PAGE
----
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Hodgson sets forest owners straight on Kyoto

13 June 2005 Media Statement

Hodgson sets forest owners straight on Kyoto policy

The President of the Forest Owners Association (FOA) is wrong to assert that forest owners face liabilities for cutting down trees and not re-planting says Convenor of the Ministerial Group on Climate Change Pete Hodgson.

"The only politician to talk up such a liability is National's Forestry Spokesmen, Brian Connell," says Pete Hodgson. "He has done the forestry sector a massive disservice by spreading such a rumour and it seems that he has now fooled the President of the Forest Owners Association."

Under Kyoto, credits are awarded to nations against forest sinks. Once sinks are cut, or removed because of flood, fire or storm damage, credits awarded against that forestry have to be paid back. The government has assumed all the liabilities and credits for post 1990 forests.

However, it is pre-1990 forests where the FOA's investments are concentrated. These forests generate no credits but the government has nonetheless agreed to accept a capped liability for any deforestation, with the cap set well above the historic deforestation trend. The Crown accepts liability, because to do otherwise would lead to a freezing of land use, even where some trees have been planted in the wrong place.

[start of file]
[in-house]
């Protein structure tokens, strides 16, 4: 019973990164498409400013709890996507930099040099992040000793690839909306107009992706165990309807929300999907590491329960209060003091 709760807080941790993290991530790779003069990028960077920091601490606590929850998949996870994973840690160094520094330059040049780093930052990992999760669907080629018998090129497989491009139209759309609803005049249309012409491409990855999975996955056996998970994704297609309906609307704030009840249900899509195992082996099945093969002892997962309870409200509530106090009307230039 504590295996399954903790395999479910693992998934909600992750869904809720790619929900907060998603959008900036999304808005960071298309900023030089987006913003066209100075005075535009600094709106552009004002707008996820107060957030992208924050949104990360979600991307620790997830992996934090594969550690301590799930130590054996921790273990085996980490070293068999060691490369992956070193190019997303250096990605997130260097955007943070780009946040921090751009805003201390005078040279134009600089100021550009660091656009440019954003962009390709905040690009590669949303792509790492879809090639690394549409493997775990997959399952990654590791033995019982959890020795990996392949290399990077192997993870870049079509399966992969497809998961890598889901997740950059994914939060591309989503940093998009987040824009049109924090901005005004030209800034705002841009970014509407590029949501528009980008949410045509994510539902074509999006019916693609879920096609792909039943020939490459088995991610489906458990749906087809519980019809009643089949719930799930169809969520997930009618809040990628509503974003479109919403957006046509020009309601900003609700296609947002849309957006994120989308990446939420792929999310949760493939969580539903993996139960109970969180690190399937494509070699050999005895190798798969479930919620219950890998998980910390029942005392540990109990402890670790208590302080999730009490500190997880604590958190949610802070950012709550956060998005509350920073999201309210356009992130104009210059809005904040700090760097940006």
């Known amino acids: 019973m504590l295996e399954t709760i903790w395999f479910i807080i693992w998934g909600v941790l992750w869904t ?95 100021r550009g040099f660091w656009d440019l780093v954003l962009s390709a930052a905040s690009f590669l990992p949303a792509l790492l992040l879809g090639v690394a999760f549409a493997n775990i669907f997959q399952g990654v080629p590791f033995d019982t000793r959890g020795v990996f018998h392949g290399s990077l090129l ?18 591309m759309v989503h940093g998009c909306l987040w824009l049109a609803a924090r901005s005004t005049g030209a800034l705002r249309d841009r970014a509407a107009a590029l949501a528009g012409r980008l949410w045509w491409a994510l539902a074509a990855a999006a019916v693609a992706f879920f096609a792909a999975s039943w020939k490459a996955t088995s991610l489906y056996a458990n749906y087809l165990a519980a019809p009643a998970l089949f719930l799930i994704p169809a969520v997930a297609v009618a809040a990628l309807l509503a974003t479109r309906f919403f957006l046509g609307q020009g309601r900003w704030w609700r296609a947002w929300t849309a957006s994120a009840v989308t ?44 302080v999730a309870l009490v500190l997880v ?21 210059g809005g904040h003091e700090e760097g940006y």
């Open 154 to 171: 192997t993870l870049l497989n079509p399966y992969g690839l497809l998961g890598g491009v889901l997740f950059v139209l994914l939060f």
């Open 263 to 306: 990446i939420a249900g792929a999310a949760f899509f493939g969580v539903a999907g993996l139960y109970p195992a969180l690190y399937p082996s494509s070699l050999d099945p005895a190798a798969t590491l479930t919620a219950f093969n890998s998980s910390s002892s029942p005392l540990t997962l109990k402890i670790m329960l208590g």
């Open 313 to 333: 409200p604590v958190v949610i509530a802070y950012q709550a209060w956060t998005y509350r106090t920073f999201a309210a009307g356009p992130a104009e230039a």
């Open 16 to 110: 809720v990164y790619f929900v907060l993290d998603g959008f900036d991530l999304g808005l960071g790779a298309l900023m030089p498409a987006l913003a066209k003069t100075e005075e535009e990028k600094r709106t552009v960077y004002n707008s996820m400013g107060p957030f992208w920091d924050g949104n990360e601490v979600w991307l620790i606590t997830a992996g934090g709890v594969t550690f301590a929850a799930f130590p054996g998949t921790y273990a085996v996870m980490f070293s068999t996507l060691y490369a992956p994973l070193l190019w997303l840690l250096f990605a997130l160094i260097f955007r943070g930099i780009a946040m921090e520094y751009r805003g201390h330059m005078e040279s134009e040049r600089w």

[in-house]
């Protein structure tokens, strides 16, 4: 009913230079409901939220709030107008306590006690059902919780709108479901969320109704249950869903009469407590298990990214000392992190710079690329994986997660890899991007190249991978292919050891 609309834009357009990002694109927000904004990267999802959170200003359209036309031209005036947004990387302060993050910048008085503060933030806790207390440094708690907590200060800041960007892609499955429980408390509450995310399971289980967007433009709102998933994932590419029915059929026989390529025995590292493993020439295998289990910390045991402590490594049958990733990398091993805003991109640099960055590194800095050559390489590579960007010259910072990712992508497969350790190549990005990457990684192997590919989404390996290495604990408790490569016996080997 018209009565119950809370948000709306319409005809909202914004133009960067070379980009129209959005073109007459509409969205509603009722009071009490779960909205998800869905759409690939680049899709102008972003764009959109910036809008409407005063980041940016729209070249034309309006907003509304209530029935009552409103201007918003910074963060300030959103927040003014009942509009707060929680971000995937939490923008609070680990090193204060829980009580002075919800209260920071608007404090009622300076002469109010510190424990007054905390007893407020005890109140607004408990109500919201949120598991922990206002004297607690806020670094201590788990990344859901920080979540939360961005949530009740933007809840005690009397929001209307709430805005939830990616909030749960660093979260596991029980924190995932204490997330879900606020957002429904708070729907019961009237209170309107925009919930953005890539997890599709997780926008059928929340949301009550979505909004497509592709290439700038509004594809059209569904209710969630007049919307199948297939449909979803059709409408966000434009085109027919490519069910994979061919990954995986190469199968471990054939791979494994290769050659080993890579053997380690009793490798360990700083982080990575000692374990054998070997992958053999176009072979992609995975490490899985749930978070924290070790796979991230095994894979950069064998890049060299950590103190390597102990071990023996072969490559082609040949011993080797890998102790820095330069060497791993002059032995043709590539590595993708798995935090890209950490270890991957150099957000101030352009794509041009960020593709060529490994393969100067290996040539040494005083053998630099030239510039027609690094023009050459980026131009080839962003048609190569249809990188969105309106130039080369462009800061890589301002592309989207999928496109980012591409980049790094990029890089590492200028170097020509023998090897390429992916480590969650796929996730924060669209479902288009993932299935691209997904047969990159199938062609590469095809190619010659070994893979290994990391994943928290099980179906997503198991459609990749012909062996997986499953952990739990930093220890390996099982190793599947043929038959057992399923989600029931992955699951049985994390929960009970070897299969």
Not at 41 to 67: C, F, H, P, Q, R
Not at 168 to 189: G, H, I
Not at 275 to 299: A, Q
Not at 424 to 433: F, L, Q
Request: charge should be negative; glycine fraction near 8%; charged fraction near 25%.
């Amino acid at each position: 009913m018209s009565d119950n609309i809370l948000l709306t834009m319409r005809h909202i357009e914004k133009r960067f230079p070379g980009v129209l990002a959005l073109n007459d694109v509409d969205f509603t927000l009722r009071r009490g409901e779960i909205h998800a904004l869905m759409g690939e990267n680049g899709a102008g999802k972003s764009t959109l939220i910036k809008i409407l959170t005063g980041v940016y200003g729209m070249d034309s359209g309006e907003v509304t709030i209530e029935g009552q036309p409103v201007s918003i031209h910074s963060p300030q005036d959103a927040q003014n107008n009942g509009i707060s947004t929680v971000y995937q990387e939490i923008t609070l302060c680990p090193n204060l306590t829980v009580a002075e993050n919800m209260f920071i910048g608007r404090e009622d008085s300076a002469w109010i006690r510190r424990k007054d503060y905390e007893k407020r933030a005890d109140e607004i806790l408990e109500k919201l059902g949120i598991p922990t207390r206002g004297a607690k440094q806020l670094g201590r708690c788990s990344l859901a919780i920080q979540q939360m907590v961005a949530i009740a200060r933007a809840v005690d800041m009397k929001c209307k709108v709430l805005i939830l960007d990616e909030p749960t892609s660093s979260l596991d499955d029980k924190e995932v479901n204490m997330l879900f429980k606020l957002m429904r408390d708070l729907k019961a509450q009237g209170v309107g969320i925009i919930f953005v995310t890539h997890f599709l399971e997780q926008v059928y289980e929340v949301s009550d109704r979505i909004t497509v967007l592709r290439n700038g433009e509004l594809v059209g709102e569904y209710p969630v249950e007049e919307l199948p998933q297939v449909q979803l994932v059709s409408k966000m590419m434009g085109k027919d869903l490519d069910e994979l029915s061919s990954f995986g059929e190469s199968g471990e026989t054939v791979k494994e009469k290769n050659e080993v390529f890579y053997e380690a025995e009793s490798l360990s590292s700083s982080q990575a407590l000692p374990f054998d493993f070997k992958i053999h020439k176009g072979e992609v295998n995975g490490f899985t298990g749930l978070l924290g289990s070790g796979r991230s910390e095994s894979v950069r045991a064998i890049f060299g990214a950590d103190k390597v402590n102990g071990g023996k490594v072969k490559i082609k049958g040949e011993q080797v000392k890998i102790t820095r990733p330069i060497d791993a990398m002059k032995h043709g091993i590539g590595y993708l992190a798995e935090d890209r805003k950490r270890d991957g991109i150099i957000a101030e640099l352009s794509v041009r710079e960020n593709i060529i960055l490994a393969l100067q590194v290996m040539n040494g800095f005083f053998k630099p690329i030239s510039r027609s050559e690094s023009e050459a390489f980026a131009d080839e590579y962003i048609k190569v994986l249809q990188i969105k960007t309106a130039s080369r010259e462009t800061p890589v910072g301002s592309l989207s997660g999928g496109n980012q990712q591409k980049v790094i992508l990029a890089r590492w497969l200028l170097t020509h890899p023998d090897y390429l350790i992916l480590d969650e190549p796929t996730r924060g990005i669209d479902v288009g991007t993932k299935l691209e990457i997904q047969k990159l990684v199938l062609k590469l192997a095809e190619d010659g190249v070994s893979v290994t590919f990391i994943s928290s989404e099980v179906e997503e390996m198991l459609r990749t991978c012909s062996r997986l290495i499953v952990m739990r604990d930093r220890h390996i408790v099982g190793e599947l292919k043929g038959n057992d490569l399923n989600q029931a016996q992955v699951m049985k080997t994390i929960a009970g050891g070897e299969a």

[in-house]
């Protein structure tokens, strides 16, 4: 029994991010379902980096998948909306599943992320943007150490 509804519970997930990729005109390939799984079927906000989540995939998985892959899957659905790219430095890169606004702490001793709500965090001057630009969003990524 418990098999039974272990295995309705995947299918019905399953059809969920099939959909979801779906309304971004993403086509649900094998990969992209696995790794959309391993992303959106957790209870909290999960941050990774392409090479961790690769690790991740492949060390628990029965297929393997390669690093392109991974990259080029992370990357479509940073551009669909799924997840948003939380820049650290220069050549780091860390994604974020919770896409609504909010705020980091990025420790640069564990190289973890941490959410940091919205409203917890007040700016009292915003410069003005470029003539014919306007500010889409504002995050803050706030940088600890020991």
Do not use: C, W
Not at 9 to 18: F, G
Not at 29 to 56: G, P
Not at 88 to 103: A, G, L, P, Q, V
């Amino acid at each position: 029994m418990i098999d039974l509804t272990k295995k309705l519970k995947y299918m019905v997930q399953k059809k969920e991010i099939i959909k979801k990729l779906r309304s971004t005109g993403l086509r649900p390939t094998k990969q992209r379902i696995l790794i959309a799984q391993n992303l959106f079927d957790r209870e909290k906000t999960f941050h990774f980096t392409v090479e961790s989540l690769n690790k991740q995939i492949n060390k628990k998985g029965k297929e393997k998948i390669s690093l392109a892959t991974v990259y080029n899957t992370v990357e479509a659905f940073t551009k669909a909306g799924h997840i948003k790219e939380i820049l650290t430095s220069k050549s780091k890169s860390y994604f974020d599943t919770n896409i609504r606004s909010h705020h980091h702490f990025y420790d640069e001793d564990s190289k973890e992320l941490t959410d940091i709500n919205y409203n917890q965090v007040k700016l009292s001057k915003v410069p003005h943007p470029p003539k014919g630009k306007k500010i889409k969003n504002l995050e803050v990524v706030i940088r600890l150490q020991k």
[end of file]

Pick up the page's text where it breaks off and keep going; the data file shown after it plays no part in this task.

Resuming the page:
So that commercial and permanent forest sinks can both exist in New Zealand, the government has legislation before Parliament to enable credits to be passed to land owners creating new permanent forest sinks. Such an approach would leave permanent forest owners with both the credits and the liabilities that go with them.

"It's disheartening to see such a blatant misrepresentation of forestry and climate change policy. Concerned forest owners who want to be able to separate the facts from fiction should contact the Ministry of Agriculture and Forestry."


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